A Capsule History of English SciFi and Fantasy

From John C Wright comes a capsule history of science fiction and fantasy in English.

A reader asks a fascinating question. He speaks of a recent history of science fiction he’d read, and says the editors “laid the blame of ghetto-izing science fiction at John W. Campbell’s feet. I wonder if you have any thoughts on the matter.”
If the editors made the claim that science fiction was popular and mainstream before Campbell, and ghettoized after, I scorn this opinion as not merely ahistorical, but absurd.
The first fathers of science fiction, Wells, Verne, and the now-forgotten Olaf Stabledon, wrote for a general audience and were admired and respected as much (or as little) as any other writers. However, the next generation of science fiction writers, including figures like Edgar Rice Burroughs, A. Merritt, and Robert E. Howard, wrote boy’s adventure fiction. Beloved as these stories are to fans like myself, they were comicbookish, aimed at children, and dealt with their themes in a childish way.
These stories are, in my fanboy opinion, simply great, but simply not great art.
Fantasy does not have a figure comparable to John W. Campbell, Junior, or, at least, not on the editorial side. Perhaps we could name Lin Carter during his Ballantine Adult Fantasy series: however, even Mr. Carter would admit that he was merely skateboarding the wake of that eighteen-wheeler of the fantasy field, Tolkien’s trilogy.
Tolkien singlehandedly brought fantasy back from its exile in the Victorian days to the nursery. Gary Gygax brought Tolkien’s version of the mythic world, peopled with Robert E. Howardian characters, into the tabletops of fandom worldwide. The Elves in Gygax are full-sized Tolkienian elves, not diminutive Shakespearean elves. it is safe to say that even folk who have not read Tolkien, if they have read modern fantasy, have read Tolkien. Perhaps there are readers who only read China Mieville, Phillip Pullman, and Michael Moorcock or the like, and studiously avoid anything smelling of elvish leaves from Lothlorian: but I will boldly say that even such rebellions against Tolkien, or explorations into the seas farthest from the waters of Narnia or Middle Earth, are influenced by what they react against.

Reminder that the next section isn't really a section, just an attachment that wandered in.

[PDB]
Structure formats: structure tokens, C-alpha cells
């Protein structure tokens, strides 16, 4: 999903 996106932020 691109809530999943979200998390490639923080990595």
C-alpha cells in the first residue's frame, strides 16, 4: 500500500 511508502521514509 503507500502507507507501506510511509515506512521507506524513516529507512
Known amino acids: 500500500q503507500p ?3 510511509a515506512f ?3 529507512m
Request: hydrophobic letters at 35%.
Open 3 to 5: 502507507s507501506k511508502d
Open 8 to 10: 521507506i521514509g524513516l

Fantasy was not merely scorned by the Literary Establishment, it was hated. For this I have no explanation, only a hunch.

There is a worthwhile comment by Michael Flynn as well:

I would suggest that Orwell and Huxley were not SF writers, but were mainstream writers who happened to write a couple of books that appealed to Skiffidom. Just as it takes more than a lot of people living real close together to make a “city,” it takes more than the use of certain themes and tropes to make “SF.”
What marks “genre SF” is that the SF tropes are central to the story itself. In the earliest SF, the stories were largely “about” some scientific [actually, engineering] marvel] and we skiffians read story after story simply for the marvelous gadgets and settings.